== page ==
DOL Proposes New Electronic Disclosure Safe Harbor
October 29, 2019
On October 23, 2019, the DOL proposed a new rule to expand the options available to retirement plan sponsors for electronic delivery of required disclosures. The proposal followed Executive Order 13847, which instructed the DOL to determine whether regulatory actions could be taken to improve the effectiveness of participant disclosures and reduce their cost to employers. After review and consultation with other regulatory agencies, the DOL set forth a new "notice and access" safe harbor under which ERISA retirement plan disclosures could be made available on a website following specified notice.
As background, in 2002, the DOL issued a safe harbor that permitted electronic delivery of disclosures provided that the method was reasonably calculated to ensure actual receipt, notice and content requirements were satisfied, and participants maintained the right to request paper copies. Under this prior safe harbor, employees with "integral access" to the employer’s computer system at work could be defaulted to electronic delivery; all others were required to affirmatively consent to the electronic method. In recognition of technological advances and increased participant internet access, the notice and access option is offered as a new alternative to (rather than a replacement of) the existing 2002 safe harbor.
The proposed alternative permits required disclosures for retirement plans (including multi-employer plans) to be posted online following notice to covered individuals, who can then access the documents continuously using an internet connected device. Covered individuals are participants, beneficiaries, and any other individuals entitled to documents, who have provided the plan administrator (or designee) with an electronic address, such as email address or smartphone number. Alternatively, if an electronic address is assigned by an employer for this purpose, the employee is treated as if they provided the electronic address. Covered documents include all disclosures required under Title 1 of ERISA, with the exception of documents that must be furnished upon request (such as the plan document).
The new safe harbor requires plan administrators to send a notice of internet availability to each covered individual’s electronic address whenever a covered document is made available on the website. Administrators are permitted to combine certain annual disclosures, for which the notice of availability would be considered timely if furnished not later than 14 months following the date of the prior plan year’s notice.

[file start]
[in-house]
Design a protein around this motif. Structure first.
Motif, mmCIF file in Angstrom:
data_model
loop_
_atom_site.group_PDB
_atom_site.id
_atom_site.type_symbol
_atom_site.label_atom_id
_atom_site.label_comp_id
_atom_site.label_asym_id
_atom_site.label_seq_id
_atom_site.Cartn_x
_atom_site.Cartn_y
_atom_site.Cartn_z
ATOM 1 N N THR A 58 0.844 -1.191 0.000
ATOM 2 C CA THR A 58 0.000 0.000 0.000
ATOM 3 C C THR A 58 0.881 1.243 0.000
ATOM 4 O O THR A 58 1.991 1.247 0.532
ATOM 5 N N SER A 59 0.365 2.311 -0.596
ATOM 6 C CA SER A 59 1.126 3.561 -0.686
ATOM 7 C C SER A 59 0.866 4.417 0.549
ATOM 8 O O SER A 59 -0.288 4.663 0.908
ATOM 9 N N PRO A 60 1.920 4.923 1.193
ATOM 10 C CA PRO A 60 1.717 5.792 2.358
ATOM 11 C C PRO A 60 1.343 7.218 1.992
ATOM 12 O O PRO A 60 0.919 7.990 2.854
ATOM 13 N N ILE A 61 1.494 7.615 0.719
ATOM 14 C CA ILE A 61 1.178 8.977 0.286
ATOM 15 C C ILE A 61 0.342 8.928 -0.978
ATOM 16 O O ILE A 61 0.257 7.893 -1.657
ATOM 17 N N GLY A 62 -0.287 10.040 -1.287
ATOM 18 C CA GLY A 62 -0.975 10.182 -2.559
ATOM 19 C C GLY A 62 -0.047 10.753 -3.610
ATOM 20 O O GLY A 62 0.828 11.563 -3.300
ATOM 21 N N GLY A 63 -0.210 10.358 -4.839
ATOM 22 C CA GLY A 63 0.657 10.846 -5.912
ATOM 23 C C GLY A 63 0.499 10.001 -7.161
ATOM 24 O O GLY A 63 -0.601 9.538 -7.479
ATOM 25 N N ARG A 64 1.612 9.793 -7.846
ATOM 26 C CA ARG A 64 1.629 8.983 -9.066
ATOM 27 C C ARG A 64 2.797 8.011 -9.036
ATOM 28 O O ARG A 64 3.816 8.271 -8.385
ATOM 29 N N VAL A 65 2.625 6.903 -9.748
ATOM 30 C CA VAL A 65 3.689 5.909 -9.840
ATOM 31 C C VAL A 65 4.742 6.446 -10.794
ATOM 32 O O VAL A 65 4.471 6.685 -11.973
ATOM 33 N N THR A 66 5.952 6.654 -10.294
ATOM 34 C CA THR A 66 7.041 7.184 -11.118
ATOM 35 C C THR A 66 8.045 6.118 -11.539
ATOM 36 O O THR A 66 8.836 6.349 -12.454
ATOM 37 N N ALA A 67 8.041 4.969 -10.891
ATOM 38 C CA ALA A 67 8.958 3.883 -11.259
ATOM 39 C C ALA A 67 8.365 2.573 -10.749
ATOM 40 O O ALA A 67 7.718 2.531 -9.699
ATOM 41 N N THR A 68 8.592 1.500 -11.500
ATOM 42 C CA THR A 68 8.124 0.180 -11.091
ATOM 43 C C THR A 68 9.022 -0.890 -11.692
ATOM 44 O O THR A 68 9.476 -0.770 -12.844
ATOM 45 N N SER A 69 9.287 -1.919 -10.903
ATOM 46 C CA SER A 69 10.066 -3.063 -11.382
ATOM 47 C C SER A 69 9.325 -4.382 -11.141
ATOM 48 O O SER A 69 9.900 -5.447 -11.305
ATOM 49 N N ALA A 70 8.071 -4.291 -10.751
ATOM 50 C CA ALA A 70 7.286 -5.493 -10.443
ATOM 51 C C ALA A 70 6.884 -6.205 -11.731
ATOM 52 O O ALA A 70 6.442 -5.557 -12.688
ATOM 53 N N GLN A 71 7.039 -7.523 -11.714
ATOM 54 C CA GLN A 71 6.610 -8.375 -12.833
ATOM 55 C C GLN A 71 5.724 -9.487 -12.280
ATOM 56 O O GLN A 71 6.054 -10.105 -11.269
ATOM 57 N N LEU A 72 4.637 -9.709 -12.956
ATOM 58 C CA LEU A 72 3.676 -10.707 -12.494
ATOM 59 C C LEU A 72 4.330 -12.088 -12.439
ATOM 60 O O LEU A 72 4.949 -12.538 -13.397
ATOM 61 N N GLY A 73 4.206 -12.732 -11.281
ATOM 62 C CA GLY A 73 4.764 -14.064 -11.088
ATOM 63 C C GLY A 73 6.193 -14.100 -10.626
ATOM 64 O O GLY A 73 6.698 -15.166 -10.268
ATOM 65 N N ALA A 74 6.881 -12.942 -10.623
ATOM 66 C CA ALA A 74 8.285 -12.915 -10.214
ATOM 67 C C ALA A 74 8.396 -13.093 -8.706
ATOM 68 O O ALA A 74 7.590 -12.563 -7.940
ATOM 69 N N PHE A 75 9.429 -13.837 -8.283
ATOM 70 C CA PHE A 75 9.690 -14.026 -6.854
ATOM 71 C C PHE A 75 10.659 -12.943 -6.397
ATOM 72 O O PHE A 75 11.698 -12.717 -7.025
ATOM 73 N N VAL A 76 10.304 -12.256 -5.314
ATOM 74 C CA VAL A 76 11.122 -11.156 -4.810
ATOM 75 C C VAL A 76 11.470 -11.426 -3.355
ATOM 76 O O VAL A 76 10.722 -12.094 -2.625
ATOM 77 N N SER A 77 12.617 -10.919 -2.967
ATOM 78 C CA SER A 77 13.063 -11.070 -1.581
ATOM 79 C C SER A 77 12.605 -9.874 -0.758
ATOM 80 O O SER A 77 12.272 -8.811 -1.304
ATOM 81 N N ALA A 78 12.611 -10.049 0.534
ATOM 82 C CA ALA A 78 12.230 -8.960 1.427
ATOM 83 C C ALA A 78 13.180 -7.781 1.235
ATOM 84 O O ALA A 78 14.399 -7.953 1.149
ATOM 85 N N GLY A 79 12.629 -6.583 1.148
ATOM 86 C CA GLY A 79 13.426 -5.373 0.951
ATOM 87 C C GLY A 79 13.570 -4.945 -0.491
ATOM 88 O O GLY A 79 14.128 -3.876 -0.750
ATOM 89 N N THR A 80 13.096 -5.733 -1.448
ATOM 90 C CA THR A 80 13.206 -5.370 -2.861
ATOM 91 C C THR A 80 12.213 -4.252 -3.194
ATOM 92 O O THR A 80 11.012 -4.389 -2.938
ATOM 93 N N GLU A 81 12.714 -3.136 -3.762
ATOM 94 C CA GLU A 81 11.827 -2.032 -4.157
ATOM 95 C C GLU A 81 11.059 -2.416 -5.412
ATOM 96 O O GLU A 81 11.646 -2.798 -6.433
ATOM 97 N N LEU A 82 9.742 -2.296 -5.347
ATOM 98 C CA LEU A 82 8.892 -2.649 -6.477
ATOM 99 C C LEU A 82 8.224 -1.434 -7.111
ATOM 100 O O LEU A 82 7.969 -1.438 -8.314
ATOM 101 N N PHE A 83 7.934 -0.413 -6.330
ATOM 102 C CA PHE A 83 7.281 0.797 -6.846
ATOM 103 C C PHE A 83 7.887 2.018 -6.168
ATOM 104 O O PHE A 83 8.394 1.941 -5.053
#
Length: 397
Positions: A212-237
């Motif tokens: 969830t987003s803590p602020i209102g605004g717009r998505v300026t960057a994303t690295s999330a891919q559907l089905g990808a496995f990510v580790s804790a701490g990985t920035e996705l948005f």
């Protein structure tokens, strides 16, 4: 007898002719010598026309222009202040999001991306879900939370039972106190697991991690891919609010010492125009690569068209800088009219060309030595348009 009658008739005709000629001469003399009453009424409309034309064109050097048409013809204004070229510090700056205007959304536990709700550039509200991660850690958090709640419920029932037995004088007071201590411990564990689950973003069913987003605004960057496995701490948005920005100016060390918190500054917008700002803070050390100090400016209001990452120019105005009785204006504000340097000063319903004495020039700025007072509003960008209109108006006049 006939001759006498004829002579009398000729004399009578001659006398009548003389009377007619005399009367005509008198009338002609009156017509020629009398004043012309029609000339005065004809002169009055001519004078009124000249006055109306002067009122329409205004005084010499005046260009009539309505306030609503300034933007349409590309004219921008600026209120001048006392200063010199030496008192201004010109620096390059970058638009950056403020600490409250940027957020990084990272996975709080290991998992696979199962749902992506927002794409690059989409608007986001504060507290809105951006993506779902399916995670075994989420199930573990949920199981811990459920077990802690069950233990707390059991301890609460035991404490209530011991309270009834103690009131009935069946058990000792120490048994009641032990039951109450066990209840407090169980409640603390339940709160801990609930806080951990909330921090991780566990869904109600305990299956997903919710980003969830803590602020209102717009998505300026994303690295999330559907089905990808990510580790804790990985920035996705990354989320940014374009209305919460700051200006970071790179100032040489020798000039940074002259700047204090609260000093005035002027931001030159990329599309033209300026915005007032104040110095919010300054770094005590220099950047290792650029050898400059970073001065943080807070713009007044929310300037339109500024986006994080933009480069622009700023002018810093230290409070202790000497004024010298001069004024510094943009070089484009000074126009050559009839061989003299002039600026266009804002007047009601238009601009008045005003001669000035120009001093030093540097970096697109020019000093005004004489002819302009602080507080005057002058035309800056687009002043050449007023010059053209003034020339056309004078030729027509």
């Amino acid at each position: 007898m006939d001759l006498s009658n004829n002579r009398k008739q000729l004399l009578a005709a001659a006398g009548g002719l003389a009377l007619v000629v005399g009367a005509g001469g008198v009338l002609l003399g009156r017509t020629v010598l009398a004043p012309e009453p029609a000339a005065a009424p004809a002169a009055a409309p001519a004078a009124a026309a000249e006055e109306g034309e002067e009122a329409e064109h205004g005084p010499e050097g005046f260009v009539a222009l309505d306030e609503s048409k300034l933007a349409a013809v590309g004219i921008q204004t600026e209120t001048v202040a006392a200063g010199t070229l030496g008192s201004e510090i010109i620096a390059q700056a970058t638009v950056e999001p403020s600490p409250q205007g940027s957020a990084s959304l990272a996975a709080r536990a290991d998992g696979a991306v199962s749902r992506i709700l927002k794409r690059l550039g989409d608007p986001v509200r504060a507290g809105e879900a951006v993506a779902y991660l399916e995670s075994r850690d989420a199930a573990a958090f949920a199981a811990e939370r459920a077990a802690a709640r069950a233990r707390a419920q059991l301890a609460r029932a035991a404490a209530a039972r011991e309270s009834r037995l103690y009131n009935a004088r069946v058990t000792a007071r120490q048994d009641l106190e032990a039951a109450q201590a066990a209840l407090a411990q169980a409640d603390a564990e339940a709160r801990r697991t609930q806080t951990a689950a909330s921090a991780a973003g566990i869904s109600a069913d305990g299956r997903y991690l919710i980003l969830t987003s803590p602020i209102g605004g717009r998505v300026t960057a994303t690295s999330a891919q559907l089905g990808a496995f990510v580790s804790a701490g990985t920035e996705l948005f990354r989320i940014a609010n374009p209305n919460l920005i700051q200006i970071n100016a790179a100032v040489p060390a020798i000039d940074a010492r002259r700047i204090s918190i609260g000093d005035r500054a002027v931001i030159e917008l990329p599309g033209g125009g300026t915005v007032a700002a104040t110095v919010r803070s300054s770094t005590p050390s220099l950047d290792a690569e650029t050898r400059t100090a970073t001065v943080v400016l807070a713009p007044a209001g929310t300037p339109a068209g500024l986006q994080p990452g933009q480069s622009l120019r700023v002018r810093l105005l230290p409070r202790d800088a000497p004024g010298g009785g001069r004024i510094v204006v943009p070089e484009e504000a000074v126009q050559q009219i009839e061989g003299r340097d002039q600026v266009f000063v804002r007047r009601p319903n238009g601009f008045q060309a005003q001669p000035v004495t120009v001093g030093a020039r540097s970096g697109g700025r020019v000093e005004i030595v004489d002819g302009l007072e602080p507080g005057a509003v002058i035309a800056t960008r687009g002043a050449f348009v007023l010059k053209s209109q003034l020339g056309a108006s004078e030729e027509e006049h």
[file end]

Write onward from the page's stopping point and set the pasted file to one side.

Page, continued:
The new safe harbor lays out specific content that must be included in the notice. The referenced website address must be "sufficiently specific" to provide ready access to the covered document, either by leading the covered individual directly to the covered document or to a login page that provides a prominent link to the covered document. Generally, the notice must not contain additional information or be accompanied by other documents and it must be written in a manner calculated to be understood by the average plan participant.
The proposed rule includes two significant protections for individuals who prefer to receive paper versions of covered documents. First, any covered individual has the right to request and receive a paper copy free of charge. Second, a covered individual who prefers to receive all covered documents in paper may opt out of receiving covered documents electronically. If a plan administrator becomes aware of an invalid address (for example, if an email is returned as undeliverable), the individual must be treated as if they opted out of electronic delivery.
Plan administrators who choose to use the new safe harbor must send an initial paper notification to apprise covered individuals of the new electronic delivery method and the opportunity to opt out.
The DOL has requested public comments and information regarding the proposed alternative electronic delivery method on or before November 22, 2019. The new safe harbor option will be effective 60 days following publication of a final rule. In response to the executive order's directive, the DOL is also seeking information and ideas regarding measures (in addition to the notice and access framework) that would enhance the effectiveness of ERISA disclosures for participants and beneficiaries. This second request focuses upon the design and content of the disclosures and includes specific questions upon which feedback is sought.
Employers who are seeking an alternative electronic delivery method for retirement plan disclosures may want to review the proposed rule. It is important to note that the proposed notice and access delivery method does not currently incorporate welfare benefit plan disclosures. (The DOL declined to extend the proposal to welfare benefit plans, pending review and consultation with other regulatory authorities.)
Please stay tuned to Compliance Corner for further updates on these initiatives.
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